In 1903, Joseph D. Robin, a New York banker, and James T. Wood of Sayville organized the South Shore Traction Company, intending to construct a  54-mile trolley line from Patchogue to Manhattan via the Queensboro (59th Street) Bridge as well as a cross-island line from Sayville via Lake Ronkonkoma to Port Jefferson.  On April 1,  the Brookhaven Highway Commissioners and Patchogue Village Trustees approved a franchise permitting  the Company to lay trolley tracks from the Islip Town line in Blue Point to Carman’s River in Brookhaven; double tracks, but no side tracks, turntables or stations, were permitted within Village limits.  South Shore was to use electricity from the Patchogue Electric Light Company for underground or overhead power lines , but the franchise would be void if the Company if South Shore did not complete and operate an extended stretch from Bellport to Sayville railroad stations within two years.  Islip Town followed, granting a franchise across its lands on June 19 and the State Railroad Commission gave certificated approval of the line from Brookhaven to Jamaica on October 2, 1904… However, by late fall 1906, South Shore had done nothing and newcomers Suffolk Traction and Cross-Traction (i.e., across the Island) began fighting for franchises.   Spurred on by this, South Shore finally began laying tracks in northeast Sayville and Bayport on April 7, 1907, about the same time merging with Cross-Island.  In August, Patchogue Village, backed by the State Supreme Court, rejected renewal of the South Shore franchise .  Haggling between South Shore and Suffolk continued throughout 1908 with South Shore agreeing to lease to Suffolk Transit right  to operate part of its line in Town of Islip and Suffolk Traction agreeing to agreeing to abandon any further pursuit of a franchise in Islip.   Meanwhile, in June South Shore began considering a seasonal line within Sayville from the Railroad Station down Railroad Avenue, west on Main Street and then down Candee Avenue past some of the major summer hotels to the Bay.  On March 29, 1909 track laying began and two 64-passenger open cars began operation of  July 4th, making 15 round trips daily;  teams furnished by William Weeks were engaged to provide horsepower for the first year with electric cars anticipated thereafter. In February 1910, South Shore promised that overhead wires would be in place on the Candee Avenue Line by summer.  In November, the Company was waiting to test an Edison battery car.  Then, on December 30,1910, South Shore President Robin was arrested for $ 80,000 fraud; on January 13, 1913, the Court ordered sale of all assets of South Shore, including all franchises, steel rails and cut-outs; Arthur Nosworthy, local contractor, bought the Candee Avenue line for $ 6,300 and line to Islip town line in Blue Point for $6,250; he said that he intended to rip up the tracks but it was thought that he intended to sell them to Suffolk Traction, which it appears that he eventually did. (Original horsecars were sold to Suffolk Traction, one for use as snowplow.)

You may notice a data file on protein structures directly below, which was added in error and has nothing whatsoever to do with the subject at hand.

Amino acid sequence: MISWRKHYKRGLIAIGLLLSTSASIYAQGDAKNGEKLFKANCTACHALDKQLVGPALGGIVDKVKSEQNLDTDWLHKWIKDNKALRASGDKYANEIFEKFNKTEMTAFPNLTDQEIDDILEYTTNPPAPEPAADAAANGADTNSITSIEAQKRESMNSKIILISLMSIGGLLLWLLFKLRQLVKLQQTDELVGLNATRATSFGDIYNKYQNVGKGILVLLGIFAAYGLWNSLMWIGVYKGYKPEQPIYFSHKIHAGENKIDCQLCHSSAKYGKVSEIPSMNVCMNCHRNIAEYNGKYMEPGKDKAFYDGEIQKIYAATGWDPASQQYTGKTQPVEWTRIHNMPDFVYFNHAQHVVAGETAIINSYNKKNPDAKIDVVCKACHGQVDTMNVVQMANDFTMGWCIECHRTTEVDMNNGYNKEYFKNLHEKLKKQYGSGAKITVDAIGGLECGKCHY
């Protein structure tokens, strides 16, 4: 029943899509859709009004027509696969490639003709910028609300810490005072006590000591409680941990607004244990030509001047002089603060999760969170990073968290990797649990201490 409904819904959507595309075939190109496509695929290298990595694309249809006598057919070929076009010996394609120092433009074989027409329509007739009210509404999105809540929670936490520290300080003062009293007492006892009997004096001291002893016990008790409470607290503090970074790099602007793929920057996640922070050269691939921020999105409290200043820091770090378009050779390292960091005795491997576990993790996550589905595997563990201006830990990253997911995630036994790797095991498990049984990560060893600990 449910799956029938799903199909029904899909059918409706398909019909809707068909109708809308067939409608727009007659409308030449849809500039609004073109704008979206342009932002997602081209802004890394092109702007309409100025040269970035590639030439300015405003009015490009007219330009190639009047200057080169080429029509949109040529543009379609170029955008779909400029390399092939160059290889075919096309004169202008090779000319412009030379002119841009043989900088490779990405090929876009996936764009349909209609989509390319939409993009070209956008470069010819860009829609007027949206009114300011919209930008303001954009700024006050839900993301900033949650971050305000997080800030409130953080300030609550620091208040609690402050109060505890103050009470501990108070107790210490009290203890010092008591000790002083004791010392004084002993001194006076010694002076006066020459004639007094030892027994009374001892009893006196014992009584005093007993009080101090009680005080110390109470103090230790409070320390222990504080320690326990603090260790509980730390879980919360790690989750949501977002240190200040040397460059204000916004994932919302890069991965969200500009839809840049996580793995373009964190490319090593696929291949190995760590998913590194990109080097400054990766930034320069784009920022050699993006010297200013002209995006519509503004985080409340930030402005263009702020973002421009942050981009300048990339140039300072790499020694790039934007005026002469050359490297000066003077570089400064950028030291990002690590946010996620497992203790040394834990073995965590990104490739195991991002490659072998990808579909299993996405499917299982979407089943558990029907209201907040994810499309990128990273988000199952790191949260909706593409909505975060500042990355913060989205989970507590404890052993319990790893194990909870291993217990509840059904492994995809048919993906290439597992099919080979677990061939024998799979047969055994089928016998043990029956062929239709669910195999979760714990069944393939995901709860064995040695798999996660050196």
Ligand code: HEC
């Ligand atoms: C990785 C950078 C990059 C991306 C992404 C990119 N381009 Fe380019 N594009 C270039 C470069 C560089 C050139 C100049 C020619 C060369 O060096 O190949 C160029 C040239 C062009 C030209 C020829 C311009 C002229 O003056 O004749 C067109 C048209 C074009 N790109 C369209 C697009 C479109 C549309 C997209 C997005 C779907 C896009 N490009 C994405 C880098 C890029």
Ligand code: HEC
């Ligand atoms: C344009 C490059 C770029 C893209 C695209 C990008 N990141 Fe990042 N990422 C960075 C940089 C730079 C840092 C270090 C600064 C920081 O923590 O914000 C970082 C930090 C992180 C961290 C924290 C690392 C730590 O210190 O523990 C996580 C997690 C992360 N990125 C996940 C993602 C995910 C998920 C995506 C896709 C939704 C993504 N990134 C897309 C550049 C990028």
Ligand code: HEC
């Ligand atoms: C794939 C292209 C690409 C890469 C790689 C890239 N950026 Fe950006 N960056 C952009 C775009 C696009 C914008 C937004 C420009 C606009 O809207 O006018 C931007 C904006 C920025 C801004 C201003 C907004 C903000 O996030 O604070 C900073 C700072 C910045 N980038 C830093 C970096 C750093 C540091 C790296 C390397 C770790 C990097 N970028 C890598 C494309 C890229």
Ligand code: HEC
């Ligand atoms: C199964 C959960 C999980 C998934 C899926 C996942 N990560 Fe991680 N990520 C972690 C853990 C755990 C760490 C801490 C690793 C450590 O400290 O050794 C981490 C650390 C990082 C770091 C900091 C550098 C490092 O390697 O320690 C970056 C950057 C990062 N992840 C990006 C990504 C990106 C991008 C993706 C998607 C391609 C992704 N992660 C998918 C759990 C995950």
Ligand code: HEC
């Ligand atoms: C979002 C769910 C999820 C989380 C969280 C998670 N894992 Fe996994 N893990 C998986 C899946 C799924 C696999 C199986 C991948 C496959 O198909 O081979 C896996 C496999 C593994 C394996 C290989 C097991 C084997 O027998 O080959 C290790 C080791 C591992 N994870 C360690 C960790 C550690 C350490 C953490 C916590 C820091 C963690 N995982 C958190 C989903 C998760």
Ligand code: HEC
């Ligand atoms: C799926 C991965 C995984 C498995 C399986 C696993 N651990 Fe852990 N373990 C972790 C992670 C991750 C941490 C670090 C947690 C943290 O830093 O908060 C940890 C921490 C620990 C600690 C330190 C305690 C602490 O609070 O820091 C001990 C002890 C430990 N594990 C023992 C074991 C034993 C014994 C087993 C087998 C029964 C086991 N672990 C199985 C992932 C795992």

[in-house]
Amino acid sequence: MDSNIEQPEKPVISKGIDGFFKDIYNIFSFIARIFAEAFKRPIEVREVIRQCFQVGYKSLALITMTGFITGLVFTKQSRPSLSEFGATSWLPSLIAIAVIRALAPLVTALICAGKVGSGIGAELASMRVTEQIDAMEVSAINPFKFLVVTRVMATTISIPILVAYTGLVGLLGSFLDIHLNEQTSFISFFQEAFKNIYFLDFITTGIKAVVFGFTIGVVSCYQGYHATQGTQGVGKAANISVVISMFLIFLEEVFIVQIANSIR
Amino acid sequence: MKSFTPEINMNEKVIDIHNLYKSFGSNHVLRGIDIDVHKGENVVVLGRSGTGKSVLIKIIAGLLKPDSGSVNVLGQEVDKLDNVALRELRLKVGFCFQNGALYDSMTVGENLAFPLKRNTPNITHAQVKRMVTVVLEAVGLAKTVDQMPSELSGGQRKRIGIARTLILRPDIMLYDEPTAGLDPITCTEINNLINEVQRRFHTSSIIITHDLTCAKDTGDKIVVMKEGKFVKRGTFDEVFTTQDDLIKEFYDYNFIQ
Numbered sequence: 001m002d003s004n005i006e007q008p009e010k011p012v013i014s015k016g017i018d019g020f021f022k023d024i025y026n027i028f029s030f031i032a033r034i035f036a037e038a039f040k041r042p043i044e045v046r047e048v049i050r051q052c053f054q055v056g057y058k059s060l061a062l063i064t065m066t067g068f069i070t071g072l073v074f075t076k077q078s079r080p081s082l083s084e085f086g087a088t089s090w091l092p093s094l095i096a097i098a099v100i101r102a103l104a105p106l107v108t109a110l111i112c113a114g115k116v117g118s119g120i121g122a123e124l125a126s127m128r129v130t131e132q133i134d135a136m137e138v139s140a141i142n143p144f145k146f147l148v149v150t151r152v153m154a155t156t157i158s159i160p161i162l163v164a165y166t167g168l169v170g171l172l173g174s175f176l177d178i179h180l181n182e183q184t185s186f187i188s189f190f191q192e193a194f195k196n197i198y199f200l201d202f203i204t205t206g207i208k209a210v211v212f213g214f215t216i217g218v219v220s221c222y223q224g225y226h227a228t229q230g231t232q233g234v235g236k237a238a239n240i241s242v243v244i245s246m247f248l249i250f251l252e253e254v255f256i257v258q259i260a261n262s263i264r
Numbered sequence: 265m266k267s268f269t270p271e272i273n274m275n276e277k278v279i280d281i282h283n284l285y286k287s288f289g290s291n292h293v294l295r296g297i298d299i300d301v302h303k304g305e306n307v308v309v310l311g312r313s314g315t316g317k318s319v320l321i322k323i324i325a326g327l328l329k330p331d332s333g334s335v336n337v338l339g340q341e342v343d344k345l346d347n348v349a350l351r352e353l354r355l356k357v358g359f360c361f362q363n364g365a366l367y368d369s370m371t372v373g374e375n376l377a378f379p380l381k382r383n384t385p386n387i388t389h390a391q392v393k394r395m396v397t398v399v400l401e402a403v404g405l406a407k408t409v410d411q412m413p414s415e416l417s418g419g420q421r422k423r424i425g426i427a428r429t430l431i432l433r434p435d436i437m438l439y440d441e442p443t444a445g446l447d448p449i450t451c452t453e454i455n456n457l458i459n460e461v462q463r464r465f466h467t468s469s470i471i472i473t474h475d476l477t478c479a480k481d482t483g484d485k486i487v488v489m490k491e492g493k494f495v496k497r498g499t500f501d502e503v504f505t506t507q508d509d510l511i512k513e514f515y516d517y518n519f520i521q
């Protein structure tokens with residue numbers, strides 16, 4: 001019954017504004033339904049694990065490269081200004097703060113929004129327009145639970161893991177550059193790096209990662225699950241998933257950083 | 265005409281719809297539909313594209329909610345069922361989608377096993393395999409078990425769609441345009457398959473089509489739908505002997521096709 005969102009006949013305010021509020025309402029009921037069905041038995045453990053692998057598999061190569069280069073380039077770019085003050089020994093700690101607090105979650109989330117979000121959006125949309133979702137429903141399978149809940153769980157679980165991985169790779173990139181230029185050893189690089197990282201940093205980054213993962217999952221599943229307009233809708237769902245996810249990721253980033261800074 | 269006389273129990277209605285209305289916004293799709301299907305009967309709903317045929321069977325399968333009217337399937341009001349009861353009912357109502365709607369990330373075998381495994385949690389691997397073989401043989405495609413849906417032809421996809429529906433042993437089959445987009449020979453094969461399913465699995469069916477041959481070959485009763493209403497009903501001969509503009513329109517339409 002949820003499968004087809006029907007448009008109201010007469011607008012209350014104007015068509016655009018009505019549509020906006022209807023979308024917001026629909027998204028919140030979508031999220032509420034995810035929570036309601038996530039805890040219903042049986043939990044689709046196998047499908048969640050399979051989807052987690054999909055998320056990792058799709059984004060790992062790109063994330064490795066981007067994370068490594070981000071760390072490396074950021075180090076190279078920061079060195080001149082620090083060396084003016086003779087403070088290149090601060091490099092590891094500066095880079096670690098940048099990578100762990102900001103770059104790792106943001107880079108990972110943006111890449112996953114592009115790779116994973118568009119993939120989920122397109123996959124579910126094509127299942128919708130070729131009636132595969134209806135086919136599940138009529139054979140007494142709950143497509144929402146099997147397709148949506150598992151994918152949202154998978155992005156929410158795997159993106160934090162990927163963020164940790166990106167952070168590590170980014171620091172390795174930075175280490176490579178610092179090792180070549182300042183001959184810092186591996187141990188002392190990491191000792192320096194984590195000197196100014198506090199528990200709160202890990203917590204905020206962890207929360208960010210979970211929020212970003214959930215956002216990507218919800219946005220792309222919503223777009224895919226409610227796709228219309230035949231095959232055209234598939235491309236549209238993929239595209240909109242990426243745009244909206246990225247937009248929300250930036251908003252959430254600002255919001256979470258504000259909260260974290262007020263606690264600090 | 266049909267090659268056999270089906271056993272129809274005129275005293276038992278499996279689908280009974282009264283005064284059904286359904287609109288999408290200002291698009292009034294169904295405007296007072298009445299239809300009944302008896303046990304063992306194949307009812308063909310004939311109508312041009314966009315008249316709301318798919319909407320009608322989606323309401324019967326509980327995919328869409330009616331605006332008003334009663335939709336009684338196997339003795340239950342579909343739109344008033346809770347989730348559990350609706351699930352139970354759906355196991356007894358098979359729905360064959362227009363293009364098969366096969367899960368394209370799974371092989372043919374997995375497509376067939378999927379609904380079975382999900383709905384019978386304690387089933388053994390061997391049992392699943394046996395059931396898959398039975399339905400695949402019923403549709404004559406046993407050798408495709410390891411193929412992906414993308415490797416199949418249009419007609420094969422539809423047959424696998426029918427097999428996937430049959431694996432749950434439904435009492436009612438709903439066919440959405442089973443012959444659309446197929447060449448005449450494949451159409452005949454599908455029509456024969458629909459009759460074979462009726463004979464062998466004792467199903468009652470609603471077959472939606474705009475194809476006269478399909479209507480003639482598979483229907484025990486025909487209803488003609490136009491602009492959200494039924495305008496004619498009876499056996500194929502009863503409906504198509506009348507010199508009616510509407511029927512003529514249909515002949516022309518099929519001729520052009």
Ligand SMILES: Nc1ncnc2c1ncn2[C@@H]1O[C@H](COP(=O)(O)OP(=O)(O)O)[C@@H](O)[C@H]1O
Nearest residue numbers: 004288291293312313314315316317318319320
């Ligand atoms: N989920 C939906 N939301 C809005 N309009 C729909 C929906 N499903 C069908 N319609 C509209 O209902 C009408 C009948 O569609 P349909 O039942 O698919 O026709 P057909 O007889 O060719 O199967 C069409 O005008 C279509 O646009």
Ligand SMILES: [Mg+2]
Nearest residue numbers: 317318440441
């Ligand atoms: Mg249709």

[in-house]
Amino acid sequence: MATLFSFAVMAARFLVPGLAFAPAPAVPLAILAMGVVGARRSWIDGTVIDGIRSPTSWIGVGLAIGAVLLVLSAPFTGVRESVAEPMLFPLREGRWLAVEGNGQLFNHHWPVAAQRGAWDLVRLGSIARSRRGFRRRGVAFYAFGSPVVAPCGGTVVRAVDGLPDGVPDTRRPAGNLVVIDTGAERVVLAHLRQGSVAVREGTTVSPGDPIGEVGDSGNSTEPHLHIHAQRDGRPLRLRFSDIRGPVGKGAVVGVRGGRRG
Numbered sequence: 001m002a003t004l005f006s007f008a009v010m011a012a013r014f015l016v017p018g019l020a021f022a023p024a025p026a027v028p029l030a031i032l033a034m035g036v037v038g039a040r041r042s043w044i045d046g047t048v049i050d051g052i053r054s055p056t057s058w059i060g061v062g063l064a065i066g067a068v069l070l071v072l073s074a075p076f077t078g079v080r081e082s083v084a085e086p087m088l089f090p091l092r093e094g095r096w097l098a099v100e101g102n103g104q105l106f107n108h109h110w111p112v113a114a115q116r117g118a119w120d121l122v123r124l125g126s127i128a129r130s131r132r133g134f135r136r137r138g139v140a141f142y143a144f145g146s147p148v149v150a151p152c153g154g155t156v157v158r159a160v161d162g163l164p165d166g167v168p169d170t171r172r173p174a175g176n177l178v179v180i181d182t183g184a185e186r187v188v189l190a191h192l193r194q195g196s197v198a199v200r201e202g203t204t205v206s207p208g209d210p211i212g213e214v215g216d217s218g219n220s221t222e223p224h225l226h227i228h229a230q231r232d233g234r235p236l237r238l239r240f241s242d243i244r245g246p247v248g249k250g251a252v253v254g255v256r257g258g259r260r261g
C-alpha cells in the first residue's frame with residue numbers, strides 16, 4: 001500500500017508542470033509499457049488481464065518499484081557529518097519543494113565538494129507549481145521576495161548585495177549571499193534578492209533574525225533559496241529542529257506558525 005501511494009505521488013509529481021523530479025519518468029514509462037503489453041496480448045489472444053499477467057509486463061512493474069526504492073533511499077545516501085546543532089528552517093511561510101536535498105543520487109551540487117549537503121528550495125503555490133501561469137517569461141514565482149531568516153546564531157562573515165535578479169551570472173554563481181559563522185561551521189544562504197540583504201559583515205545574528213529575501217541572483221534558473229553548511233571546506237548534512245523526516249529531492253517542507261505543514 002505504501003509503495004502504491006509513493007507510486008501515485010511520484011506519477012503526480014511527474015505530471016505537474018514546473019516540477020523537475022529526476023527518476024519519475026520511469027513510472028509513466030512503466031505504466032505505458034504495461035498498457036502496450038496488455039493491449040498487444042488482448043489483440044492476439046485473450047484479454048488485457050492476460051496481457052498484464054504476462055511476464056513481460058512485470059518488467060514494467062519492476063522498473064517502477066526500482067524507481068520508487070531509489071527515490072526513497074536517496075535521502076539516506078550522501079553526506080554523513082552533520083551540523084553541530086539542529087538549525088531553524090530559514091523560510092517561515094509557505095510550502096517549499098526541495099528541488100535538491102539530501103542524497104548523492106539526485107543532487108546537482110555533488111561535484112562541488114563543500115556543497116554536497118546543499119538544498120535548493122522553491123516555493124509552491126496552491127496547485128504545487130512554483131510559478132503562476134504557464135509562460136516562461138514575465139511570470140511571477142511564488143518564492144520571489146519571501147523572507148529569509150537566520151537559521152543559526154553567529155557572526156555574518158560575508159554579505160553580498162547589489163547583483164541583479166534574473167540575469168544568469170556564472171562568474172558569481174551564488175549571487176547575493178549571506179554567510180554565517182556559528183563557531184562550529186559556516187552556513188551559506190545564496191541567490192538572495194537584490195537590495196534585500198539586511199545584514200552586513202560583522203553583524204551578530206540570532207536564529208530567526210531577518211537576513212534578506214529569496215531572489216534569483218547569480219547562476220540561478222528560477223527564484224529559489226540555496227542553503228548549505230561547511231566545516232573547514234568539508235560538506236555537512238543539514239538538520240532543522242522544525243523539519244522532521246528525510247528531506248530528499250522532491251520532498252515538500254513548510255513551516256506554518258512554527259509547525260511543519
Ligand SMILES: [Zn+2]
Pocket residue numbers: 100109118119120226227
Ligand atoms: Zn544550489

On July 1, 1911, the first trolley  - a second-hand storage battery car -  appeared on Main Street in Patchogue and the next day commenced its regular service  between the “four corners” and the Post Office in Blue Point.  It could travel 52 miles without re-charging but occasionally its battery went dead and it had to be towed or pushed by another car.  The first through trolley from Patchogue to Sayville did not run until August 8, 1914. Thereafter, it left Patchogue on the hour beginning at 6 A.M.  and turned around in Sayville a half-hour later, last run at 11 P.M. The route from Patchogue was Merrick Road (now Montauk Highway), south on Blue Point Avenue, west on Railroad Street past Bayport Station, south on Oakwood to Middle Road, west to Sayville, north of Railroad Avenue to the Station Cars had seats for about 28 passengers; cost was five cents from Patchogue or Sayville to Bayport, ten cents all the way.